MESSAGE OF BERTRAND RAMCHARAN ACTING HIGH COMMISSIONER FOR HUMAN RIGHTS TO BOARD OF TRUSTEES ON CONTEMPORARY FORMS OF SLAVERY


Palais Wilson, 26 January, 2004.


Distinguished Board Members,

Welcome to the start of your ninth session, and thank you for your support in the fight against contemporary forms of slavery.

The role of the human rights programme of the United Nations is to draw the attention of the international community to issues of deep conscience in the contemporary world and to join with Governments, international organizations, NGOs and civil society in fighting unconscionable practices. Contemporary forms of slavery are among the foremost issues of conscience demanding our attention in today’s world and we need to think afresh how we might mobilise international outrage against such practices.

In today’s world hundreds of thousands of young women are trafficked annually into prostitution and slavery. I drew particular attention to this phenomenon in the remarks I made at the opening of the sixtieth session of the Commission on Human Rights a week ago. I asked the Commission to think deeply about this issue and it is my strong hope that the Commission will consider the designation of a special rapporteur against trafficking in human beings.

In today’s world, also, hundreds of thousands of children are subjected to diverse evils ranging from child abuse, sexual exploitation, trafficking, and child labour. How can we, any one of use, be at peace knowing that these things are happening in our midst. Is there not a duty on the part of all of us to expose these practices and to try to protect children better. The International Convention on the Rights of the Child is one of the most widely-ratified international treaties on human rights. Let us endeavour to bring its protection to children everywhere.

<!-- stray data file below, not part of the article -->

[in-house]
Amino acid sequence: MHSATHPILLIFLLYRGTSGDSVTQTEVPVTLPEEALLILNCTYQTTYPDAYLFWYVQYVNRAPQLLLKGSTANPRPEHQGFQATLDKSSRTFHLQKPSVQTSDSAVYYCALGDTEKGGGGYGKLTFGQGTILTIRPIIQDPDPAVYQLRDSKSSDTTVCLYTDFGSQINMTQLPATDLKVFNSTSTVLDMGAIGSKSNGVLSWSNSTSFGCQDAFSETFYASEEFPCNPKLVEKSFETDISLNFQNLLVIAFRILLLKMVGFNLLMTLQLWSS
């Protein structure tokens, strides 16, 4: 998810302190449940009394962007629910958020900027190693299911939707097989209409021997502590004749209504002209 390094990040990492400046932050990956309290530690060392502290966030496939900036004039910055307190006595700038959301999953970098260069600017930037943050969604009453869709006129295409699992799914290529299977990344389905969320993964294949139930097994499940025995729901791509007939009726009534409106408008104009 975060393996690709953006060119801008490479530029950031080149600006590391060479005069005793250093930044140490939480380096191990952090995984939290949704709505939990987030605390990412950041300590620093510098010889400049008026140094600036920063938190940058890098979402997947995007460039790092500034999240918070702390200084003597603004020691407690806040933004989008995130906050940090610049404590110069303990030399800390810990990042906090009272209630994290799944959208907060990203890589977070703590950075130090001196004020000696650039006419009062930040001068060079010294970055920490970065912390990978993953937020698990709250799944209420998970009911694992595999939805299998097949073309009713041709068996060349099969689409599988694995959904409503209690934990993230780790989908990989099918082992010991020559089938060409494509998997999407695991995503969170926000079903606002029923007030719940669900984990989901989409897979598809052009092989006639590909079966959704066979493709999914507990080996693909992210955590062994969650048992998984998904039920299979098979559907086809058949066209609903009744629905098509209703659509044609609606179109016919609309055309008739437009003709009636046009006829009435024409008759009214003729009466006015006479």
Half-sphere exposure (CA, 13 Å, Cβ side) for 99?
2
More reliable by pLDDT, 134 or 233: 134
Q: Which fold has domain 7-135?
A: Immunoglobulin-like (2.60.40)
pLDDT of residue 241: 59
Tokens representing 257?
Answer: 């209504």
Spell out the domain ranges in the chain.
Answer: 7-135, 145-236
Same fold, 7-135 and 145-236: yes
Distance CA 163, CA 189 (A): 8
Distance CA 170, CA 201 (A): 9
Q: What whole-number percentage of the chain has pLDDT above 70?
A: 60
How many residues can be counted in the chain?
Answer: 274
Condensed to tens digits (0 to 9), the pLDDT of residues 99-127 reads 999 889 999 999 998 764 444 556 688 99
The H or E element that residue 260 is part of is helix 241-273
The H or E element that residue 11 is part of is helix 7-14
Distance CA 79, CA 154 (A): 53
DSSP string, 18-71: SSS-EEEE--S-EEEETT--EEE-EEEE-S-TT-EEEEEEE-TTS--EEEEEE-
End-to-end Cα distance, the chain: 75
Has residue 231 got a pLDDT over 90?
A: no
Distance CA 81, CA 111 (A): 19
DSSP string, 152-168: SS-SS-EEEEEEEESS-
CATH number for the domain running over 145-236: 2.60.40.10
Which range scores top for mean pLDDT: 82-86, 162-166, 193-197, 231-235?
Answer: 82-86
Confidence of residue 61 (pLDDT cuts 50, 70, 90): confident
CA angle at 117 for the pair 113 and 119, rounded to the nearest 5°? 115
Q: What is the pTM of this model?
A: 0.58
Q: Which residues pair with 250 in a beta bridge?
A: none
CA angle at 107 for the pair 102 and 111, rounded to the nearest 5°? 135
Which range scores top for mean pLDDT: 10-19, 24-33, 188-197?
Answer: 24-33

When I think of contemporary forms of slavery, which are numerous and pervasive, and when I think also of the duty of conscience and the duty of protection that we all have, I ask myself whether the time has not come to produce and publicise a United Nations World Report on Contemporary Forms of Slavery. I am convinced that it has.

I would therefore ask you, in the course of your deliberations, to consider this idea, to consider supporting organizations that might help us assemble such a report, and to provide your recommendations on the preparation of such a world report. We must consider new approaches and new strategies for countering the grievous gross violations of human rights that are taking place in our world. By their sheer weight of numbers and by the fact that they degrade the individual and offend against the very notion of human dignity and equality, contemporary forms of slavery must be very high on the list of gross violations of human rights we seek to stamp out.

Please help us in coming up with new ideas to combat these evil phenomena in our midst. Thank you.